Testing for HIV suffered a sharp setback during the first year of the pandemic, new government data shows.
The number of HIV tests funded by the U.S. Centers for Disease Control and Prevention and administered in health care settings dropped 43% between 2019 and 2020, the study showed. Tests administered in non-health care settings dropped 50% that same year.
The drop affected groups disproportionately affected by HIV, the CDC said, which highlights an urgent need to scale up testing and reduce disparities among those who could most benefit from HIV care.
“We welcomed 2020 with optimism. New HIV infections were declining, and attention to HIV was increasing. But just as COVID-19 disrupted our lives, it changed the course of HIV prevention,” said Dr. Jonathan Mermin, director of the CDC’s National Center for HIV, Viral Hepatitis, STD, and TB Prevention.
“Now we are at a crossroads,” he said in a CDC news release. “Will we accept the massive reductions in HIV testing, or will we bounce back stronger?”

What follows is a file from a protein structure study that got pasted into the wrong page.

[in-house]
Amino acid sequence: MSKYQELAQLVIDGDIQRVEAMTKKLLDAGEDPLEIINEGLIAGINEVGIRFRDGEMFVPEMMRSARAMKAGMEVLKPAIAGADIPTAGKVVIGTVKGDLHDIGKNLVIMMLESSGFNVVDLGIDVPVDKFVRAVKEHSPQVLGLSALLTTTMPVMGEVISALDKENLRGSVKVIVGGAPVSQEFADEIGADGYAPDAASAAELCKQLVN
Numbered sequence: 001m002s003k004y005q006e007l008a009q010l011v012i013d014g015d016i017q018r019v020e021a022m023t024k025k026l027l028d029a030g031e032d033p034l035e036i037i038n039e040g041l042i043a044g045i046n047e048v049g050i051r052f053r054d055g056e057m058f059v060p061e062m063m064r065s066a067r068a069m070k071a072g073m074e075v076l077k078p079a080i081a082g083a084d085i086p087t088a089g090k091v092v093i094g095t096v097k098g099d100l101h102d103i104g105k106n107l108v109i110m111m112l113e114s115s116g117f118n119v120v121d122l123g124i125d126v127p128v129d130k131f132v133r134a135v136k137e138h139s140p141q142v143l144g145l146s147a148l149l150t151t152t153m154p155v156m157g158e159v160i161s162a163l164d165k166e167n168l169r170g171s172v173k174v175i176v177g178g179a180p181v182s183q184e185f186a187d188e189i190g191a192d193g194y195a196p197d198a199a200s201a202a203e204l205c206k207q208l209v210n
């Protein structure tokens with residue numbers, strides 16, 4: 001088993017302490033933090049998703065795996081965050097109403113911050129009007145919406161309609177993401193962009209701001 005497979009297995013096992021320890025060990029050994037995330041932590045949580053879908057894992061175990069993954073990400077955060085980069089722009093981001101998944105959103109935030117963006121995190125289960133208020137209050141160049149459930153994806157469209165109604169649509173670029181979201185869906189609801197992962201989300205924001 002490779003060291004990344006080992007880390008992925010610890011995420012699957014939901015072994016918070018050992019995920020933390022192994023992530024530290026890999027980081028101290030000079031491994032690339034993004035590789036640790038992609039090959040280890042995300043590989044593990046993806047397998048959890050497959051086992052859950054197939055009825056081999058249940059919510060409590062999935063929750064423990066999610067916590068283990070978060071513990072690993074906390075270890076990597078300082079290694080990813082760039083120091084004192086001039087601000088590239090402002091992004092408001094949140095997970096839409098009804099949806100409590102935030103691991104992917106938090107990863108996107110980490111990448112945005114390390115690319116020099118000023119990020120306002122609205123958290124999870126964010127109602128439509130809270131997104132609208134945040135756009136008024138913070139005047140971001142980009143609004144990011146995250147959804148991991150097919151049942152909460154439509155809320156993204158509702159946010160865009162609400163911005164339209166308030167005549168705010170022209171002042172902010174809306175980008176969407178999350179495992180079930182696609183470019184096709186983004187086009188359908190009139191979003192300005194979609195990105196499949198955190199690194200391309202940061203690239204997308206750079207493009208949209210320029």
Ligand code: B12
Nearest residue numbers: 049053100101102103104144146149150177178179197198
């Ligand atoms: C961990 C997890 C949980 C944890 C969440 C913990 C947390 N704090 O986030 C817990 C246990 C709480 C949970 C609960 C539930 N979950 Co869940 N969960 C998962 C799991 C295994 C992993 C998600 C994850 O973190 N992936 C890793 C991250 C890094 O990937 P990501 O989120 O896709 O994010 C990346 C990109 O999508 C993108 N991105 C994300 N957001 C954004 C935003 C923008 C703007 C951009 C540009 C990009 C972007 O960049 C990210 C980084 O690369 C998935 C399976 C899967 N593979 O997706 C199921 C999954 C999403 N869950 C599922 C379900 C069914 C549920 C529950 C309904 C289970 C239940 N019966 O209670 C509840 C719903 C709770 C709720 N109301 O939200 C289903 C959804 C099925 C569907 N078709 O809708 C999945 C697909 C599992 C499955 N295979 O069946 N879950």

In non-health care settings, testing declined 49% among gay and bisexual men, 47% among transgender people, 46% among Hispanic and Latino people and 44% among Black people.
Calling HIV testing the bridge to highly effective treatment and prevention, the CDC said delayed diagnoses can lead to negative health consequences and increased HIV transmission.
The CDC recommends that everyone ages 13 to 64 should be tested for HIV at least once and that some should be tested at least annually.
These findings add to other concerning findings that showed a steep reduction in HIV diagnoses and a slowing of pre-exposure prophylaxis prescriptions (PrEP) from 2019 to 2020.
“Everyone should enjoy good health—and getting an HIV test is part of a successful plan to do so. Some people may not get tested for many reasons, such as concerns about HIV stigma, homophobia, transphobia and a host of other -isms and phobias. Or they may not know that an HIV test could benefit them,” said Dr. Demetre Daskalakis, director of the CDC’s Division of HIV Prevention.
“We must continue working together to overcome these and other factors that stand in the way of equitable HIV prevention and care,” Daskalakis said in the release.
The CDC encouraged state, local, health care and community-based partnerships to increase access to testing services, with strategies such as self-testing and routine opt-out screening in health care settings.
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